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Wednesday, 24 March 2004
Page: 21891


Senator Ludwig asked the Minister for Justice and Customs, upon notice, on 2 March 2004:

(1) (a). How many crewmembers do each of the Bay class Australian Customs Service (ACS) launches carry; and (b).at what Australian Public Service levels are they employed.

(2) Are these crew individually armed; if so, what armament do they carry.

(3) Are the ACS launches armed; if so, what armament is used.

(4) Is the supply of ammunition for these weapons contracted out to agencies or companies outside the ACS; if not, what is the annual cost of arming these launches.

(5) Is the maintenance of these weapons contracted out to agencies or companies outside the ACS; if not, what is the annual cost of maintaining these launches (weapons?).


Senator Ellison (Minister for Justice and Customs) —The answer to the honourable senator's question is as follows:

(1) (a) Bay class launches operate with a `nominal' crew of eight Customs officers. This number is either reduced or supplemented to meet specific operational requirements and/or Australian Maritime Safety Authority (AMSA) requirements. (b) The table below outlines crew positions and equivalent Australian Public Service (APS) levels.

Crew Positions

Customs Level

APS Level

Commanding Officer

3

6

Engineer

3

6

Second-in-command

2

5

Third-in-command

2

5

Second Engineer

2

5

General purpose hands (x3)

1

1,2 & 3

(2) All National Marine Unit (NMU) seagoing crewmembers are trained in the use of the following weapons;

Glock 17, 9mm pistol,

M16 automatic rifle, and

Remington 12 gauge Marine Magnum Shotgun.

When conducting boarding operations seagoing crewmembers are individually armed with the Glock. The M16 is used to support operations from onboard the Customs vessel. Under such circumstances the M16 provides an additional show of force, can be used to fire warning shots across the bow of a target vessel (as one of the International signals for the vessel to slow or heave to for boarding) or provide covering fire to a deployed Boarding Party. The shotgun is not used as part of Customs `Use of Force continuum'. It is available for the self-protection of officers when conducting operations ashore in dangerous and remote environments where hostile animals, such as sharks, crocodiles, buffalo and other wild beasts might be encountered.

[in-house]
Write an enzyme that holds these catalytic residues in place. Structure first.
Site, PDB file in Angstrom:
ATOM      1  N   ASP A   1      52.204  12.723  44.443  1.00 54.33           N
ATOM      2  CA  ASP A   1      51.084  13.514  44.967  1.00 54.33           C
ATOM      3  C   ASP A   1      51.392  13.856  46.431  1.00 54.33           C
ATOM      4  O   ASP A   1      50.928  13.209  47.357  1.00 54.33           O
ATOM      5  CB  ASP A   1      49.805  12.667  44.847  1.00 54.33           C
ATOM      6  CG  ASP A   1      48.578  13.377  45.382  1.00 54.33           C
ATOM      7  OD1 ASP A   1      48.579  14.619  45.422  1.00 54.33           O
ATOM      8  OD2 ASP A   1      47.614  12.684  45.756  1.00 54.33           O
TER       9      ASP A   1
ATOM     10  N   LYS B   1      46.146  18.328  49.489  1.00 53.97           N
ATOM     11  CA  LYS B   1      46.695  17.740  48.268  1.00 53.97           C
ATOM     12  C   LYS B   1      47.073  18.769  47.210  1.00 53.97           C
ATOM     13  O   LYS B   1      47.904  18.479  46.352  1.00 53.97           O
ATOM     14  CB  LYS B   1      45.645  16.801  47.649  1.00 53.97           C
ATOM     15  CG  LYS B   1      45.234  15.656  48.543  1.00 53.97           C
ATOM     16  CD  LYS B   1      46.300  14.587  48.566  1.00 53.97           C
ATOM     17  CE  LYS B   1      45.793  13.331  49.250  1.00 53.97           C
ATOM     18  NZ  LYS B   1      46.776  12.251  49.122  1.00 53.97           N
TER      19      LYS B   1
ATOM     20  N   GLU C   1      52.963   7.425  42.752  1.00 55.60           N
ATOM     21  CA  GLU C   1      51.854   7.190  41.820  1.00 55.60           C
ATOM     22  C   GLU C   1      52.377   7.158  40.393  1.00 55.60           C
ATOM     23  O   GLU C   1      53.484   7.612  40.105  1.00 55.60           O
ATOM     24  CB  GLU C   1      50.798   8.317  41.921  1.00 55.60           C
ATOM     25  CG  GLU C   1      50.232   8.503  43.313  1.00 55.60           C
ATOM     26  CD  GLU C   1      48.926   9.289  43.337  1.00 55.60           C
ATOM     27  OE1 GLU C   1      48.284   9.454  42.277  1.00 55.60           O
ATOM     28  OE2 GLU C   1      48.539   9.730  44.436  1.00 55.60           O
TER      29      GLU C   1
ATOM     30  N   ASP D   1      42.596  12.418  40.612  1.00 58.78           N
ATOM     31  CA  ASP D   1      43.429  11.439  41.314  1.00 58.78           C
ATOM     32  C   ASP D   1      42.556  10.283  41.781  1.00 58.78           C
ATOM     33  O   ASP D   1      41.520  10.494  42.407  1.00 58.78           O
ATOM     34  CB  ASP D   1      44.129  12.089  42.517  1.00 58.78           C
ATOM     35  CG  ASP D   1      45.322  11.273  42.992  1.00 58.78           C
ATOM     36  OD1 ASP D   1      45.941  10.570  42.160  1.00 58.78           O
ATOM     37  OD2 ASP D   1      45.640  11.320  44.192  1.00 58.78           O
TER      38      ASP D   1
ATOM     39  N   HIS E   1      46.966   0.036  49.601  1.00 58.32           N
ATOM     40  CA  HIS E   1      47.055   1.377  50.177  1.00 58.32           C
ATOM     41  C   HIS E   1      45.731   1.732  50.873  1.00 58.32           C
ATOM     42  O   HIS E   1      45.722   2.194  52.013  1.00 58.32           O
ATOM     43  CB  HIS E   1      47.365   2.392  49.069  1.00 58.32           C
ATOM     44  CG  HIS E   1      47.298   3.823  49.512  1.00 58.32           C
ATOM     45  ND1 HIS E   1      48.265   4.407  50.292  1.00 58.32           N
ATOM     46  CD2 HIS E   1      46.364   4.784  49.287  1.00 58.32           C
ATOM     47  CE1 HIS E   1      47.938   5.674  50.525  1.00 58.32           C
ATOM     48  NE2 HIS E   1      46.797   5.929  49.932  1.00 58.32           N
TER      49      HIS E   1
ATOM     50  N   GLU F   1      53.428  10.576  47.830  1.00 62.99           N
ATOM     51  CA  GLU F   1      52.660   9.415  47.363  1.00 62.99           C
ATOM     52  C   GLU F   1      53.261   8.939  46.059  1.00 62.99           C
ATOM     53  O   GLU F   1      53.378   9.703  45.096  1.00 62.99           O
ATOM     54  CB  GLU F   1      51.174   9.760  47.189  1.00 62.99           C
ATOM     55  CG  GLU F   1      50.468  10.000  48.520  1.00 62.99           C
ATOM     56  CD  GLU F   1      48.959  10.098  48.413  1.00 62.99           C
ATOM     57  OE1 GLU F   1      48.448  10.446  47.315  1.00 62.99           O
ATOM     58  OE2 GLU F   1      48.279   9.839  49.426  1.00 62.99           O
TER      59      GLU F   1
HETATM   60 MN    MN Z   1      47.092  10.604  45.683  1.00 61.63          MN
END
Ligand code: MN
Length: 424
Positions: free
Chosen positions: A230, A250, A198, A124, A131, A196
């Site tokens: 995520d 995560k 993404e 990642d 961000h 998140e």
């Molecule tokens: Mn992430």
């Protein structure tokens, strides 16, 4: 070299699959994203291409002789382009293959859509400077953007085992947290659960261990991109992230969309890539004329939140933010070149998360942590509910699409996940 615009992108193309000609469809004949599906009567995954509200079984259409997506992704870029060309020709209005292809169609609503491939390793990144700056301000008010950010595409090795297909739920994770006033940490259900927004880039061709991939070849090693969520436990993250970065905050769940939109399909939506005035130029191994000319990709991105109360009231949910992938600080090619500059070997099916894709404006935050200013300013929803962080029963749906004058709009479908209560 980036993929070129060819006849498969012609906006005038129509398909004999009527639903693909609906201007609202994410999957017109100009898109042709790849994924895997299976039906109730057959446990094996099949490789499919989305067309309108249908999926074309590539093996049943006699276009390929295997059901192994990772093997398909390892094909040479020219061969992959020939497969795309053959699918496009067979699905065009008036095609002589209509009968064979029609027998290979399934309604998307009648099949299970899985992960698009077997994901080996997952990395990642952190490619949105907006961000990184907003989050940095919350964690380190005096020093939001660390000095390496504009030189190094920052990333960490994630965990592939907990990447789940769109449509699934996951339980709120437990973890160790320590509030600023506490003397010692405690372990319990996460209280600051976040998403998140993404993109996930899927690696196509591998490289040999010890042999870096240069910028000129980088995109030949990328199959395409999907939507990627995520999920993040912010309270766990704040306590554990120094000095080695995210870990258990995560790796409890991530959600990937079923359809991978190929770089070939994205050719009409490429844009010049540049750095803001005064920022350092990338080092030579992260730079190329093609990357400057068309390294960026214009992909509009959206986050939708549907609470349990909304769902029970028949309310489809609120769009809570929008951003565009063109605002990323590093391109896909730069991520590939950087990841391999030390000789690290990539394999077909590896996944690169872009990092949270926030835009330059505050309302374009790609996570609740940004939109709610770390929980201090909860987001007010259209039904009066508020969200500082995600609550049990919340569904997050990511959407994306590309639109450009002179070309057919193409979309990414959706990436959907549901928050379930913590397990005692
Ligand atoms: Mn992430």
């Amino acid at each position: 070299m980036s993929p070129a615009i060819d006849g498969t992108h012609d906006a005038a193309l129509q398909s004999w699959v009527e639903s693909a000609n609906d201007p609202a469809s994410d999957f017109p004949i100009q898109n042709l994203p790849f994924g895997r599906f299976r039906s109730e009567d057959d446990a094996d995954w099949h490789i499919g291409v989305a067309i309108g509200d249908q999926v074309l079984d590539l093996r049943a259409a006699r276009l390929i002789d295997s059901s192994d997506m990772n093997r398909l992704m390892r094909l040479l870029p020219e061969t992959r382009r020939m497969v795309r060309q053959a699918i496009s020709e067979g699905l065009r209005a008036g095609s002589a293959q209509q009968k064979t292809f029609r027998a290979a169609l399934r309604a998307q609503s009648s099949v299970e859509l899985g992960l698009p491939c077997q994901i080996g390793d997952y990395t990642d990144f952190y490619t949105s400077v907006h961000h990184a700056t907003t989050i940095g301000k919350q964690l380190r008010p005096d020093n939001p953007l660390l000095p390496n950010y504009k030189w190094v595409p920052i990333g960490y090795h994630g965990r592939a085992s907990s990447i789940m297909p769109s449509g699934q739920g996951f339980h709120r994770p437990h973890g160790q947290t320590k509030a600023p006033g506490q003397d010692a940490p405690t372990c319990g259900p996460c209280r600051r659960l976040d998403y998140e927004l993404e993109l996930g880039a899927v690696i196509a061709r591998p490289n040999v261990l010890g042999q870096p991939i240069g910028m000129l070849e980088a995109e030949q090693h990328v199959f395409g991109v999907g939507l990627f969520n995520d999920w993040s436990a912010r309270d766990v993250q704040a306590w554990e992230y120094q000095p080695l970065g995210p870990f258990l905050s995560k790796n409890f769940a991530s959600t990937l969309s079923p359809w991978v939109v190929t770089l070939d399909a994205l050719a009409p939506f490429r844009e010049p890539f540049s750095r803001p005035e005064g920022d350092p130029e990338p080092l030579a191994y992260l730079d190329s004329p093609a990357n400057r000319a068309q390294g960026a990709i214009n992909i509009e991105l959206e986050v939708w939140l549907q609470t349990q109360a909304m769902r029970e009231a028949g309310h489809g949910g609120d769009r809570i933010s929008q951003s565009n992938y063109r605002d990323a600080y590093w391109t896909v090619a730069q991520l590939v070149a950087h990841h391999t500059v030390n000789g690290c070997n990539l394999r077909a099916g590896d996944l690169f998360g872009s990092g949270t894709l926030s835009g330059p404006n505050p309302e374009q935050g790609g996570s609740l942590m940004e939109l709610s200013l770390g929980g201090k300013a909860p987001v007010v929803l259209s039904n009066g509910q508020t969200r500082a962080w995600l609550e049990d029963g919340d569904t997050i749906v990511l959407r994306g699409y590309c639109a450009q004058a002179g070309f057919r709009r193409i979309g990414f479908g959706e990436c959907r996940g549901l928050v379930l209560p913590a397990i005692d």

(3) Customs vessels are not armed with any deck mounted weapons or heavy calibre weapons. The weapons listed at paragraph 2 above are currently the only weapons carried onboard Australian Customs Vessels (ACVs).

(4) The NMU has no contract in place for the purchase and supply of ammunition with any one company. The NMU has an arrangement with the Northern Territory Police Service who purchase and house ammunition for the NMU in Darwin. Small quantities of ammunition are also purchased from local gun shops around the country. The annual cost of operational ammunition for all Customs vessels $8000.00.

(5) The NMU utilises the Australian Federal Police (AFP) armory at Canberra and the Northern Territory police armory for ongoing maintenance and servicing of all operational safety equipment - including weapons. Also, if an ACV is in a scheduled survey/maintenance period, firearms onboard may also be serviced by a local authorised armourer. Finally, routine maintenance of firearms is carried out onboard by seagoing crewmembers. The annual cost to service all operational Glocks, M-16 rifles and Shotguns is $5120.00 plus parts and transport.